As a 14 year old listening to this track for the first time, I couldn't quite understand H17's American stance in this song. The Russians were the ones pointing the missiles at us (although we later learn that the Red's nuclear arsenal was in fact a joke reinforced by alien agencies that included the CIA).

It is a delight to report that the remastered opening track has an added vibrancy that should serve to remind most listeners how H17 were simply light years ahead of the Visage and Duran crowd who were content back then to use the nearest pre-set synth option.

NME were wrong about a lot of things over the years but during this time, even they understood the genius that combined the production talents of Martyn Ware and Ian Craig Marsh - the founders of The Human League and two individuals who would mess around with unstable analogue synths regardless of current fashion to create just for us, brand new sounds that you would hear no where else.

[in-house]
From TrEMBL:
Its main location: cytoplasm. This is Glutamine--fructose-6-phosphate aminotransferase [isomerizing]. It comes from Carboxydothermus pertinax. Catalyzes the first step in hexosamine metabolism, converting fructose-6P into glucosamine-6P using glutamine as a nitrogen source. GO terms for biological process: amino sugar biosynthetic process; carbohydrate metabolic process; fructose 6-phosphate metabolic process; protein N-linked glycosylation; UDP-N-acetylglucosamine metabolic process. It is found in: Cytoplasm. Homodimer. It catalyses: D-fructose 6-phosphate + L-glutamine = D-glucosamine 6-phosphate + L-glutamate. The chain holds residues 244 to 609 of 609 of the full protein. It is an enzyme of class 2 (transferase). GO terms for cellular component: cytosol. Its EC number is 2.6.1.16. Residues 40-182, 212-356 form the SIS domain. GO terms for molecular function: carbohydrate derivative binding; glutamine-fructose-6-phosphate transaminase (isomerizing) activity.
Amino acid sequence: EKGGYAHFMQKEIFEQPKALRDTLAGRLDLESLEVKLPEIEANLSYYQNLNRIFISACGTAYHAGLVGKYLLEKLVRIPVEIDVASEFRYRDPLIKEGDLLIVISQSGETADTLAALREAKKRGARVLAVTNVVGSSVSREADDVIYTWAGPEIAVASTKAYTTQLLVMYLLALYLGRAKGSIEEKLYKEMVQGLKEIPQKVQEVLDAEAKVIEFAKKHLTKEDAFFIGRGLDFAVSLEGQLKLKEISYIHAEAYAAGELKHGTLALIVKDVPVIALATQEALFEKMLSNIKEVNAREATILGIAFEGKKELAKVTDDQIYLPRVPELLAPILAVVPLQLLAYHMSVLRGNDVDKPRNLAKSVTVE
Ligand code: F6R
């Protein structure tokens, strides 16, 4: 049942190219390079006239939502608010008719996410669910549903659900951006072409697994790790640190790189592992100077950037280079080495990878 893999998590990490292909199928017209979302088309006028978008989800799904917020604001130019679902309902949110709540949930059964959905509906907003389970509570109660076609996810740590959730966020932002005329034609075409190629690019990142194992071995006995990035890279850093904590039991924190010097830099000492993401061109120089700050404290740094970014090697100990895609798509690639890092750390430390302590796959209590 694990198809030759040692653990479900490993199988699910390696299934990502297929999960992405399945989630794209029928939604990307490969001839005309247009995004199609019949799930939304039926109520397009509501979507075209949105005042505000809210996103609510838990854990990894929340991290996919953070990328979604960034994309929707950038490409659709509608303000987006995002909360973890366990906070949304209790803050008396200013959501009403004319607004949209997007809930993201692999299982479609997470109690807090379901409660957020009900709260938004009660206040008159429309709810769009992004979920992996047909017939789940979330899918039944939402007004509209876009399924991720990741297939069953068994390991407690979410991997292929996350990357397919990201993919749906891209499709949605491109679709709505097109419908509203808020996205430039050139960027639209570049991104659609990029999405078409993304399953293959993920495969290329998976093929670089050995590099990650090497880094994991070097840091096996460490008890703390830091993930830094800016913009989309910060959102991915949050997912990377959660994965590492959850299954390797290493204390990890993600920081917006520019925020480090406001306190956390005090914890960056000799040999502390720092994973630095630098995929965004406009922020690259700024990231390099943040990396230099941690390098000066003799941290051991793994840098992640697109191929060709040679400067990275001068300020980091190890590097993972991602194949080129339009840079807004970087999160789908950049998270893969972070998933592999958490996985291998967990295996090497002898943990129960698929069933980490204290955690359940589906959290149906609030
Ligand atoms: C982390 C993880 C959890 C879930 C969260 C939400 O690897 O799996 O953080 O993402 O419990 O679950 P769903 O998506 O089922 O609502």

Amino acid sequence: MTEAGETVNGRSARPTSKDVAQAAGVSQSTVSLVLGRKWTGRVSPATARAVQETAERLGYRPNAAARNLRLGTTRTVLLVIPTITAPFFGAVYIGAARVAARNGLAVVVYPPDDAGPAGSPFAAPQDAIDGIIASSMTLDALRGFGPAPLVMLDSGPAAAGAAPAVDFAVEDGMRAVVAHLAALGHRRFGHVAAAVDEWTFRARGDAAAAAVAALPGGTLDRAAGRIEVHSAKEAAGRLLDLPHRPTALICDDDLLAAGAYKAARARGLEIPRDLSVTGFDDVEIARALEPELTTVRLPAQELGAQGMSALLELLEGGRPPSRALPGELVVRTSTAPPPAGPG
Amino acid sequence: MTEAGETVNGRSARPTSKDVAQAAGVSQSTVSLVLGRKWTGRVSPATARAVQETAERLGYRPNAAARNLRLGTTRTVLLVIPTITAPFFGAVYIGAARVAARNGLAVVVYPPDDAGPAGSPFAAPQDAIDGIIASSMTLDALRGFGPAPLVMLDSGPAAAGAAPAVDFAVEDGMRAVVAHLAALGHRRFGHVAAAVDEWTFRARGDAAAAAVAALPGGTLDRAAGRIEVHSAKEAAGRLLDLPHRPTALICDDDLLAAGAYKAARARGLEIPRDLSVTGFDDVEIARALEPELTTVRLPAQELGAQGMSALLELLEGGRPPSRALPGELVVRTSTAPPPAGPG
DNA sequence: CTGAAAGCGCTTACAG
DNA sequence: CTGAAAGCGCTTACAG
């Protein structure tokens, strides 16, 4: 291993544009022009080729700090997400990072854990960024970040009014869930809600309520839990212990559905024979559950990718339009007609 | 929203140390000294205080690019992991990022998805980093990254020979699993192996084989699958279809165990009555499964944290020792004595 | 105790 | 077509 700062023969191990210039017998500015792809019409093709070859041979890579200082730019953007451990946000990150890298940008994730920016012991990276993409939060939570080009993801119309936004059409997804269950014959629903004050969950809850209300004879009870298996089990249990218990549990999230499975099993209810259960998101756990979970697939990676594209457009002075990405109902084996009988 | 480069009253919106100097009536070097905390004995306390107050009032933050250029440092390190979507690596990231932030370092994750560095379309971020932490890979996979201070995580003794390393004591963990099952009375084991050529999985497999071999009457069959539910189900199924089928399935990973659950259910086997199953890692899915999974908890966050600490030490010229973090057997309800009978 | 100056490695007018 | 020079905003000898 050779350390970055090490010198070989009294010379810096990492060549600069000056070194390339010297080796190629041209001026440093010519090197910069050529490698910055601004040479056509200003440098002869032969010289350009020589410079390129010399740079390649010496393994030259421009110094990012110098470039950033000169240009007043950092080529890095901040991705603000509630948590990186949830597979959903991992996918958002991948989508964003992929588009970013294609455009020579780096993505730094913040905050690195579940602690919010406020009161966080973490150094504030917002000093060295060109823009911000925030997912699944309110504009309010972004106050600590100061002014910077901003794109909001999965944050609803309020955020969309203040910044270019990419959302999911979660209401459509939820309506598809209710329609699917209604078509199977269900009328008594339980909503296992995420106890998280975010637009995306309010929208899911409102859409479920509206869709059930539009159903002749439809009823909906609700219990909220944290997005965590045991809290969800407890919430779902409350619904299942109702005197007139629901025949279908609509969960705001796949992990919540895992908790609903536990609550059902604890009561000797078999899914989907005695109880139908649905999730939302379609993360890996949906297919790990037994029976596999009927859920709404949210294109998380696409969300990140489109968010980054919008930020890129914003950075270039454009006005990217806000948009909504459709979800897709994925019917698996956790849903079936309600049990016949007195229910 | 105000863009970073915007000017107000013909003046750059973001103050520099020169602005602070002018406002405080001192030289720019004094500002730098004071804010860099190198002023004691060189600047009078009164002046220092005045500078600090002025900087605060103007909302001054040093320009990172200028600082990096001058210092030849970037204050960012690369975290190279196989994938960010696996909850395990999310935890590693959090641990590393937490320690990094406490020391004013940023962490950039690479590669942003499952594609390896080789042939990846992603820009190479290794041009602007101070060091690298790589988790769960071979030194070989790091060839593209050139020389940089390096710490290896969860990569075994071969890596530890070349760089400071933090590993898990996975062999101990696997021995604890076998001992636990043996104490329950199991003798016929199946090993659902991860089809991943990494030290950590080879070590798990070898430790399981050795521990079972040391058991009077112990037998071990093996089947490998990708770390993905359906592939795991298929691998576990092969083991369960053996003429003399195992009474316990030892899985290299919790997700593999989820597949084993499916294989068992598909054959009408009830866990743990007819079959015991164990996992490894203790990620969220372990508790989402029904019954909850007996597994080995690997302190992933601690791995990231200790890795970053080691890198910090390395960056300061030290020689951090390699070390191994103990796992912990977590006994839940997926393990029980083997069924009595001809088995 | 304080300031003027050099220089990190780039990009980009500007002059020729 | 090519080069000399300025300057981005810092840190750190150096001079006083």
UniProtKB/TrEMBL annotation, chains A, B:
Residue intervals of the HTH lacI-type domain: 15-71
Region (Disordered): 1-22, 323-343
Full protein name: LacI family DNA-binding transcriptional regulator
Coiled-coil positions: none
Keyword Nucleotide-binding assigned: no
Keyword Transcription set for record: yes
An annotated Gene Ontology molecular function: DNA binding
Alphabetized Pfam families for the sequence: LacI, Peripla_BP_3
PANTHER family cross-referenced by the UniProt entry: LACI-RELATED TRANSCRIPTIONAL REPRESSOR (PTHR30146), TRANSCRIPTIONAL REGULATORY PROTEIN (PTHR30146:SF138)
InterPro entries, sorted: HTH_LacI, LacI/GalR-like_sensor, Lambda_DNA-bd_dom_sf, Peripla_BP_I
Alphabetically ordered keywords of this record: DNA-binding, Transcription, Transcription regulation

The remastered version brings out many layers lost on the old 80's CD transfer including the brilliant soul infected female vocals of Josie James on title track 'Penthouse & Pavement' (no one was doing this at the time and it took a while for other acts to catch on to the power of such an exotic mix of musical styles).

'Penthouse & Pavement' is a rare gem of an album of epic 'Dare' proportions (which is apt as both shared the same genesis in a run down recording studio during alternative shifts in Sheffield). Every track is a melodic stomper with infectious choruses, and one ultimately has to wonder why H17 aren't universally adored and appreciated for that they achieved. Forget the ground breaking production techniques of BEF and those bizarre electro sounds that current acts would strive to sample today, H17 should also be remembered for their killer vocal hooks superbly delivered by Glenn Gregory.